What is Human Trafficking?
Human trafficking violates the sanctity, dignity, and fundamental rights of the human person. The United Nations Protocol to Prevent, Suppress, and Punish Trafficking in Persons defines it as “the recruitment, transportation, harboring or receipt of persons by means of force, fraud or coercion…for the purpose of exploitation.” According to the U.S. State Department, human trafficking appears in “many guises”, often taking the form of commercial sexual exploitation, the prostitution of minors, debt bondage, and involuntary servitude. The United States government, and increasingly the international community, utilize the umbrella term “trafficking in persons” to define all forms of modern slavery.
Almost every nation is affected by trafficking, as a country of origin, transit or destination for victims—the United States is no exception.
Every year, millions of men, women and children fall into the hands of traffickers in their own countries and abroad. No sector or industry is immune from human trafficking. Victims may be workers in food processing factories, waiters or cooks at restaurants, construction workers, agricultural laborers, fishers, housekeeping staff at hotels, domestic help in private residences, or sex trafficked women and men in brothels, spas and massage parlors. According to the United Nation’s International Labor Organization’s (ILO) 2016 “Global Estimates of Modern Slavery,” nearly 40.3 million people are victims of modern slavery, of whom 24.9 million are entrapped in forced labor and sexual slavery and 15.4 million subjected to forced marriage. Through coercion, deceit, or force, they are trapped in jobs and situations from which they cannot escape.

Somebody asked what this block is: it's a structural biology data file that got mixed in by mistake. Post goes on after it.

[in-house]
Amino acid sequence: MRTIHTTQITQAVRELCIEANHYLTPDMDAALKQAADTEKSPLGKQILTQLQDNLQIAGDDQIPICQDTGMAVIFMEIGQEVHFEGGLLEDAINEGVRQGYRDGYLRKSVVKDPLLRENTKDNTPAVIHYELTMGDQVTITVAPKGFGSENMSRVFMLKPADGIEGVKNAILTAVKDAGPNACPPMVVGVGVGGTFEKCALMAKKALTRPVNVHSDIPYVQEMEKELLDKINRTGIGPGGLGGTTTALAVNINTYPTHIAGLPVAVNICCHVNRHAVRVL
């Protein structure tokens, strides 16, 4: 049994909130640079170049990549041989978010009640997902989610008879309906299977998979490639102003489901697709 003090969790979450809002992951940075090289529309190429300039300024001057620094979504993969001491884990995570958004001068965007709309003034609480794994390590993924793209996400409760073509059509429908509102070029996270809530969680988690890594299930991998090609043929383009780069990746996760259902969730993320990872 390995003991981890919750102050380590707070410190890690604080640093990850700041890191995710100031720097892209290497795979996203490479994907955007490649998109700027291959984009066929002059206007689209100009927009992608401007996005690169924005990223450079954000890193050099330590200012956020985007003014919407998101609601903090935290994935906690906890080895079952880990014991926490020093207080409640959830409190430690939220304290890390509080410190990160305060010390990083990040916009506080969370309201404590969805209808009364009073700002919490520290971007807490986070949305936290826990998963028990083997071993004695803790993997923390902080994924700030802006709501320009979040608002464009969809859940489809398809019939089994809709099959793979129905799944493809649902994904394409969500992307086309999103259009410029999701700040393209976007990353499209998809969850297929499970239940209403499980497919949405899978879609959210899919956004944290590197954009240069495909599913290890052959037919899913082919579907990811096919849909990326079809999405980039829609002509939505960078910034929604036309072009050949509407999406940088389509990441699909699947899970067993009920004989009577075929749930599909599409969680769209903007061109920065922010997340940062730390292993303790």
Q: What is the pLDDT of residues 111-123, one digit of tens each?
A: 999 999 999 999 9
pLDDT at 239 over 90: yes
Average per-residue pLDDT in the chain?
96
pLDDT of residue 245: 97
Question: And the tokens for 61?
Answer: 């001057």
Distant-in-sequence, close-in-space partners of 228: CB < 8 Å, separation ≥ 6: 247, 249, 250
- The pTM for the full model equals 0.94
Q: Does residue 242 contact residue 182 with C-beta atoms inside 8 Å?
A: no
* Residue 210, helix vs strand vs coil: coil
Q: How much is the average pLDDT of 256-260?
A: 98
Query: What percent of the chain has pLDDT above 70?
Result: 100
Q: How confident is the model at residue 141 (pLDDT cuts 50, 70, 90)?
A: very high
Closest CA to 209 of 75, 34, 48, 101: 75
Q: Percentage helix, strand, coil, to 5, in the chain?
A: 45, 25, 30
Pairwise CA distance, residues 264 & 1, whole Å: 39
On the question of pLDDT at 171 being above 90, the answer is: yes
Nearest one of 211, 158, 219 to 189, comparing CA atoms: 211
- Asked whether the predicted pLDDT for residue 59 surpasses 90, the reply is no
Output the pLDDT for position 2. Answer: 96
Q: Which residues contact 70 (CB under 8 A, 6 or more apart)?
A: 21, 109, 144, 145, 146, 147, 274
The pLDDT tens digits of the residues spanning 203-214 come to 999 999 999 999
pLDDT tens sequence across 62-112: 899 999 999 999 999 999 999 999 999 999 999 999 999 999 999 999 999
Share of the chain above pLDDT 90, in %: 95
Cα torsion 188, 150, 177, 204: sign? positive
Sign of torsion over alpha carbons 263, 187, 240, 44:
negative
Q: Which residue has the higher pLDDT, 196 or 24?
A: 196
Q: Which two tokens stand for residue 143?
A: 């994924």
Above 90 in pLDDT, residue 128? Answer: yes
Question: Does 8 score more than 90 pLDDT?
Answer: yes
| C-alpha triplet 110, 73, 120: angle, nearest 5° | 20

Traffickers lure men, women, and children with false promises of good jobs, education, economic security, and love. Once enticed, traffickers keep their victims from seeking help through means such as confiscating identification documents, threats of violence against the victim or their family, and physical or psychological abuse.
Human Trafficking: Key Statistics
The International Labour Organization (ILO) and Walk Free Foundation’s “Global Estimate of Modern Slavery” (2016) provides alarming statistics on the prevalence of human trafficking worldwide:
- 25% of all victims are children age 17 or younger, representing 10 million girls and boys worldwide
- Nearly 30% of all victims are men and boys; jumping to 46% for victims of forced labor
- Of the 24.9 million victims of forced labor and commercial sexual exploitation, nearly 1 of 4 were exploited outside their home country
- For every 1,000 people across the world in 2016, 5.4 were victims of human trafficking
Why is Human Trafficking So Prevalent?
Owing to the hidden nature of the crime, lax enforcement of anti-trafficking laws, the ease with which victims can be re-exploited, and large demand, human trafficking is considered a low risk and highly lucrative illegal enterprise. Calculated as a 150-billion-dollar industry, modern day slavery has become the fastest growing source of illicit profit for criminals worldwide.